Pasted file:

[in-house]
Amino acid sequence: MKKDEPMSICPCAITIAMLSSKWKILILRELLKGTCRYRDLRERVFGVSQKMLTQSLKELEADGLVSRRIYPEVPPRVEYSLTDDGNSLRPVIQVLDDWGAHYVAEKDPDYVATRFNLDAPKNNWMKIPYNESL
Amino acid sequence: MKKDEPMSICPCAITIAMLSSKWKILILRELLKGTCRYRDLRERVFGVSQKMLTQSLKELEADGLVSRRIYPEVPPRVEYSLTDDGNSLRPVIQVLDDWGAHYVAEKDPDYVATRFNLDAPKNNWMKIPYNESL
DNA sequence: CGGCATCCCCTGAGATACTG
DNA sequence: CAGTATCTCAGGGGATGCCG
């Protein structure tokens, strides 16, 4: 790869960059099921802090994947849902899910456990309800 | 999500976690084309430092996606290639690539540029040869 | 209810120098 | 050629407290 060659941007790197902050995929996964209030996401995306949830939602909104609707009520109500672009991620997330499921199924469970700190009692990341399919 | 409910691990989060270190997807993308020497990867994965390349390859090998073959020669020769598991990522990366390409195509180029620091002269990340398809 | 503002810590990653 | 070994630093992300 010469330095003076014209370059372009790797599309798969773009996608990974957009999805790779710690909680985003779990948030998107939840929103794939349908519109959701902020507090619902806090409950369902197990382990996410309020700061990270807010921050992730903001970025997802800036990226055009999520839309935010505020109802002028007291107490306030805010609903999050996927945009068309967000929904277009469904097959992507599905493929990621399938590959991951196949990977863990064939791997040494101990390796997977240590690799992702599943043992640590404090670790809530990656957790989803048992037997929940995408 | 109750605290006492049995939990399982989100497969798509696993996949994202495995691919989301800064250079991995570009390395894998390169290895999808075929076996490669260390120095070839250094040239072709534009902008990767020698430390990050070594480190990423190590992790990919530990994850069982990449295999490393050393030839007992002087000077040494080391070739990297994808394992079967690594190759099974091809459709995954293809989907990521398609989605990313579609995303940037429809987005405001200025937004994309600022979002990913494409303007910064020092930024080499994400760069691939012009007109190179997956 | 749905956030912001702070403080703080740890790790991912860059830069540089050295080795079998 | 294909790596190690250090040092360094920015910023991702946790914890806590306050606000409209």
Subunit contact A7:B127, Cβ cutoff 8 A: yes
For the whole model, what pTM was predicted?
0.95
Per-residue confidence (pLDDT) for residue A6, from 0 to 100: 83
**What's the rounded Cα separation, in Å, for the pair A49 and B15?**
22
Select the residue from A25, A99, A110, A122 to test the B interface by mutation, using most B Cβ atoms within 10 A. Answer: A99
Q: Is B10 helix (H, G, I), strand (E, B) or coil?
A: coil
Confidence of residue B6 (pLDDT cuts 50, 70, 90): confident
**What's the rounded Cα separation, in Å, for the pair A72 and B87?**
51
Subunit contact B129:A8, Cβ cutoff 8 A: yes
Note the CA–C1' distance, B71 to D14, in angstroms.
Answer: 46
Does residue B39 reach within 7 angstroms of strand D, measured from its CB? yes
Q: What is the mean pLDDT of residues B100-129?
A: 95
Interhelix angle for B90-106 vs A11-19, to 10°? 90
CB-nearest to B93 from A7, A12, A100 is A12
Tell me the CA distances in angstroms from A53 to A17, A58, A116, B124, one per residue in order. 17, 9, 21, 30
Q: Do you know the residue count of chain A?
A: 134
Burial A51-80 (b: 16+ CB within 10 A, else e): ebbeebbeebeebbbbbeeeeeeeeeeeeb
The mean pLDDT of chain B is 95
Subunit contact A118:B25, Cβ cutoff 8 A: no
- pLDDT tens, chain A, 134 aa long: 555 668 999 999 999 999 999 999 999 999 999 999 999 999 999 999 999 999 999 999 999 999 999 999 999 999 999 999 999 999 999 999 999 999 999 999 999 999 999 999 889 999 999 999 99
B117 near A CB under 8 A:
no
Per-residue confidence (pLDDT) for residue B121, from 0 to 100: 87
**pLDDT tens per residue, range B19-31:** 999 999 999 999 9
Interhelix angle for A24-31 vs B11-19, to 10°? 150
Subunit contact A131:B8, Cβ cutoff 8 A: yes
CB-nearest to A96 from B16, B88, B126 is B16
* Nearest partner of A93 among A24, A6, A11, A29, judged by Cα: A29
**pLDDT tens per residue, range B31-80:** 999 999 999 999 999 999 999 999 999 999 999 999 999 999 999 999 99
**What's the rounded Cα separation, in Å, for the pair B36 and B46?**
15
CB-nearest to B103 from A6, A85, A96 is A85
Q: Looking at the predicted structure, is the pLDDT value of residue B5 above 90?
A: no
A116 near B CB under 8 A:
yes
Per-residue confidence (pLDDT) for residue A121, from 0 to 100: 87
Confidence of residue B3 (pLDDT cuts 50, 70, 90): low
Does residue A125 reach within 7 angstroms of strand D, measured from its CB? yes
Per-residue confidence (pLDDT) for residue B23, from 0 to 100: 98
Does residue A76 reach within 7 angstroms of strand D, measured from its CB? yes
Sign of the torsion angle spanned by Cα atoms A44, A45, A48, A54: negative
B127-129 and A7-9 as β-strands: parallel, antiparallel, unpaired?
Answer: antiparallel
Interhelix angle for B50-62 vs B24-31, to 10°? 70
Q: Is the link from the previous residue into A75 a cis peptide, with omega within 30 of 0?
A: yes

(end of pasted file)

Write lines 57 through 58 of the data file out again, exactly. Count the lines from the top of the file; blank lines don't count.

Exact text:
Answer: antiparallel
Interhelix angle for B50-62 vs B24-31, to 10°? 70